Dark Shadows was a daytime soap opera which originally aired at 4 PM on ABC-TV on weekday afternoons from 1966 to 1971. What made the program unique for the romance genre was its Gothic storyline revolving around Barnabas Collins, a 200 year-old vampire as earnest in his search for blood as for a reunion with his long-lost love, Josette.
            The television series built a big cult following among kids who never took the show’s fright fare seriously, but merely enjoyed it as a mindless diversion designed to help them unwind after a long day at school. It is with that same lighthearted spirit in mind that Tim Burton apparently approached the screen version of Dark Shadows.
            Set in 1972, this costume dramedy that offers a walk down Memory Lane courtesy of such best-forgotten staples of the era as Lava lamps, macramé and plastic fruit. It also features bell-bottomed Flower Children driving a Volkswagen bus while listening to rock anthems like “Nights in White Satin,” and “Season of the Witch.”
            At the point of departure, we meet Victoria Winters (Bella Heathcote) en route to Collinsport, Maine to apply for a position as governess at Collinwood Manor. Meanwhile, elsewhere in the quiet coastal village, construction workers at an excavation site unwittingly unleash an undead monster by cutting the bolts keeping Barnabas’ (Depp) cast-iron casket sealed tight.
            Both Barnabas and Victoria descend on the sprawling Collins estate, only to find the mansion in a dire state of disrepair due to the decline of the family’s fortune. The place is presently presided over by imperious matriarch, Elizabeth (Michelle Pfeiffer) who lords it over an assemblage of oddballs: her spoiled-rotten daughter, Carolyn (Chloe Moretz); her ne’er-do-well brother, Roger (Jonny Lee Miller); his troubled son, David (Gulliver McGrath); a live-in shrink (Helena Bonham Carter); and a couple of creepy servants (Jackie Earle Haley and Ray Shirley).
            The ensuing mix of slapstick violence and tongue-in-cheek humor is often amusing, nostalgic and clever but never really rises to the level of laugh out loud funny. This Johnny Depp vehicle benefits most from his bloodthirsty character Barnabas’ deadpan delivery, as when he mistakenly salivates over gobs of red goo undulating around a Lava lamp.   
            A faithfully-cheesy remake of a consciously-campy TV show.

Very Good (2.5 stars)
Rated PG-13 for sexuality, profanity, smoking, drug use and horror violence.
Running time: 113 minutes
Distributor: Warner Brothers Home Entertainment Group
Blu-ray/DVD Combo Pack Extras: Becoming Barnabas; Welcome to Collinsport; A Melee of Monstrous Proportions; Angelique: A Witch Scorned; Reliving a Decade; Dark Shadowy Secrets; The Collinses: Every Family Has Its Demons; Cooper Rocks Collinsport; Vampires, Witches and Werewolves, Oh My; and deleted scenes.

To see a trailer for Dark Shadows, visit: 

Kam's Movie Kapsules for 10-5-12

Kam's Kapsules:      
Weekly Previews That Make Choosing a Film Fun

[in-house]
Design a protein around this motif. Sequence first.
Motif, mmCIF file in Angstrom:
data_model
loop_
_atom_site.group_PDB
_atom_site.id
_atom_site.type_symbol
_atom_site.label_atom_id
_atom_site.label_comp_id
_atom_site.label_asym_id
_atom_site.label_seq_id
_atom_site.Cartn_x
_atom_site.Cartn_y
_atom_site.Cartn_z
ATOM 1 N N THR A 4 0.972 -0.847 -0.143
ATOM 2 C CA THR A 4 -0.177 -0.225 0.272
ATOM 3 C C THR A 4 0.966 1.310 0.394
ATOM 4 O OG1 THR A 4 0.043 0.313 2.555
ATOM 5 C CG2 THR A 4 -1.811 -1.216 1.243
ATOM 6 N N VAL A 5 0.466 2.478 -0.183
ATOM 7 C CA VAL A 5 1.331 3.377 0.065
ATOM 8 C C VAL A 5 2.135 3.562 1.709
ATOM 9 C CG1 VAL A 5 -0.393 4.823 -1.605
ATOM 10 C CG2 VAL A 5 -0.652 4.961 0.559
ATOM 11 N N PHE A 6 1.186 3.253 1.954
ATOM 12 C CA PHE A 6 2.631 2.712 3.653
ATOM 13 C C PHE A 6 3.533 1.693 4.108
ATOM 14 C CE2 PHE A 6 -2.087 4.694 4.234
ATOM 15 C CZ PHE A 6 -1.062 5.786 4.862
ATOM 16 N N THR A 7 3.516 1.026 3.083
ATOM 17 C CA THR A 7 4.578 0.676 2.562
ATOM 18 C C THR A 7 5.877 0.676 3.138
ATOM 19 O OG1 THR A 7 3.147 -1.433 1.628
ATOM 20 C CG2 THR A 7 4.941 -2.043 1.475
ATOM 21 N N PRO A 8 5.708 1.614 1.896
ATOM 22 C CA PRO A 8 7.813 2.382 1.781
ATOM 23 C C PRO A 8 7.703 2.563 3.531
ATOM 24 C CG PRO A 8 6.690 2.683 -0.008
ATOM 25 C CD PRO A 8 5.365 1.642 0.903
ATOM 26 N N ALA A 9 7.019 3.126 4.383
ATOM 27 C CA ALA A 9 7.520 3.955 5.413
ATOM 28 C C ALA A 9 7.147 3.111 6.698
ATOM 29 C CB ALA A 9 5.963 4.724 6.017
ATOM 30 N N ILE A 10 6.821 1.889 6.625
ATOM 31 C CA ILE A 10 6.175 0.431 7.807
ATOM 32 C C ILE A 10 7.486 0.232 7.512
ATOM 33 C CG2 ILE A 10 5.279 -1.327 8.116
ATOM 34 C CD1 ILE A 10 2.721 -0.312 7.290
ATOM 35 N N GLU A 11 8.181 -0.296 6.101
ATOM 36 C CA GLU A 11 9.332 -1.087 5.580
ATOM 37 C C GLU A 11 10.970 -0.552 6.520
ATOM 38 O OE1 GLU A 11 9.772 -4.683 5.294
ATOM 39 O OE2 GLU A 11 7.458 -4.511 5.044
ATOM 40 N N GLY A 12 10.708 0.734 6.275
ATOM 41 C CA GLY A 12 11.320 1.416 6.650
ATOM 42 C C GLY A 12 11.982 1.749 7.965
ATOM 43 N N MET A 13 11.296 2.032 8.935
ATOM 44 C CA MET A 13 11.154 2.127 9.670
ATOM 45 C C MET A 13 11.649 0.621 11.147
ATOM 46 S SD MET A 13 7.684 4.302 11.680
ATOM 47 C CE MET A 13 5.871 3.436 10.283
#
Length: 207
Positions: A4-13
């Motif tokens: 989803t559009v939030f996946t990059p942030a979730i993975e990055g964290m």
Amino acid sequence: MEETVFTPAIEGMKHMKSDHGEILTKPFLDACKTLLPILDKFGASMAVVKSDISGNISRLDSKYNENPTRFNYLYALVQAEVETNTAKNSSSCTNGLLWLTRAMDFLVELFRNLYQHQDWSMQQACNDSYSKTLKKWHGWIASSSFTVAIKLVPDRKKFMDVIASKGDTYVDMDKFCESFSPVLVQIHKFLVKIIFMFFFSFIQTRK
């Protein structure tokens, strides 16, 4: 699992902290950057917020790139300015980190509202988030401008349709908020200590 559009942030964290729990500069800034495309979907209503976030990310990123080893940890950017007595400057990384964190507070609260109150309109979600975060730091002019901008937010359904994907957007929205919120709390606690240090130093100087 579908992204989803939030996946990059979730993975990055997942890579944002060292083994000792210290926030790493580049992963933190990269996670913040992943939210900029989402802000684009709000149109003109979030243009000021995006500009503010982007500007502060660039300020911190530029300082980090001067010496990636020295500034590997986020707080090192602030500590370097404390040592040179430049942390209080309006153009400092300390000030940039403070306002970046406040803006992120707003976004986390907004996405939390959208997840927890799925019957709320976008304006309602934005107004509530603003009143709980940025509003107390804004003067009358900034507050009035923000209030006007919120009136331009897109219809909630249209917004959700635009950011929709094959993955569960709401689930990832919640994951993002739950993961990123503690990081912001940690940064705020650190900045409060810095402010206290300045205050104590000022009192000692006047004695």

by Kam Williams
For movies opening October 5, 2012


Frankenweenie (PG for scary images, mature themes and action sequences) Oscar-nominee Tim Burton (for Corpse Bride) directed this animated horror comedy about a young boy (Charlie Tahan) whose scientific experiment to bring his beloved pet dog (Frank Welker) back to life results in unintended consequences. Voice cast includes Winona Ryder, Robert Capron, Catherine O’Hara, Martin Landau and Christopher Lee. 

The Paperboy (R for violence, profanity and graphic sexuality) Oscar-nominee Lee Daniels (for Precious) directed this crime thriller revolving around a big city reporter (Matthew McConaughey) who returns to his tiny Florida hometown to try to exonerate a Death Row inmate (John Cusack) with the help of his brother (Zac Efron), a colleague (David Oyelowo) and a sultry groupie (Nicole Kidman) With Macy Gray, Ned Bellamy and Scott Glenn. 

Taken 2 (PG13 for sensuality, action sequences and intense violence) Principal cast reunites for this adrenaline-fueled sequel which finds retired CIA Agent Mills (Liam Neeson) vacationing with his ex-wife (Famke Janssen) in Istanbul where they end up abducted by a revenge-minded gang of Albanian sex traffickers. With Maggie Grace, Rade Serbedzija, Leland Orser and Luenell. 


Bel Borba Aqui (Unrated) Reverential biopic chronicling the career of Bel, the Brazilian artist whose oversized, outdoor sculptures dot the landscape of his beloved hometown of Salvador. (In Portuguese with subtitles)

Butter (R for profanity and sexuality) Social satire, set in small-town Iowa, about a young, adopted girl (Yara Shahidi) who squares-off against an ambitious housewife (Jennifer Garner) in the annual butter-carving competition. Cast includes Hugh Jackman, Olivia Wilde and Alicia Silverstone.

Escape Fire (PG-13 for mature themes) Medical crisis documentary addressing the question of whether the broken, American healthcare system can be fixed. Featuring appearances by Dr. Andrew Weil, Dr. Dean Ornish and insurance executive Wendell Potter.

Fat Kid Rules the World (R for sexuality, drug use and brief violence) Coming-of-age comedy about an overweight, suicidal 17 year-old (Jacob Wysocki) who forms a rock band with the street musician (Matt O’Leary) who saved his life by stopping him from jumping in front of a bus. With Billy Campbell, LILi Simmons and Jeffrey Doombos. 

The House I Live in (Unrated) War on Drugs documentary takes a penetrating look at the human rights implications of the American criminal justice system’s incarceration of over 45 million non-violent, narcotics offenders since 1971. 

Now, Forager (Unrated) Marital crisis drama about a counter-cultural couple (Tiffany Esteb and Jason Cortlund), subsisting by selling wild mushrooms to Manhattan restaurants, whose relationship is tested when the wife tires of living hand to mouth. With Almex Lee, Gabrielle Maisels and Marty Clarke.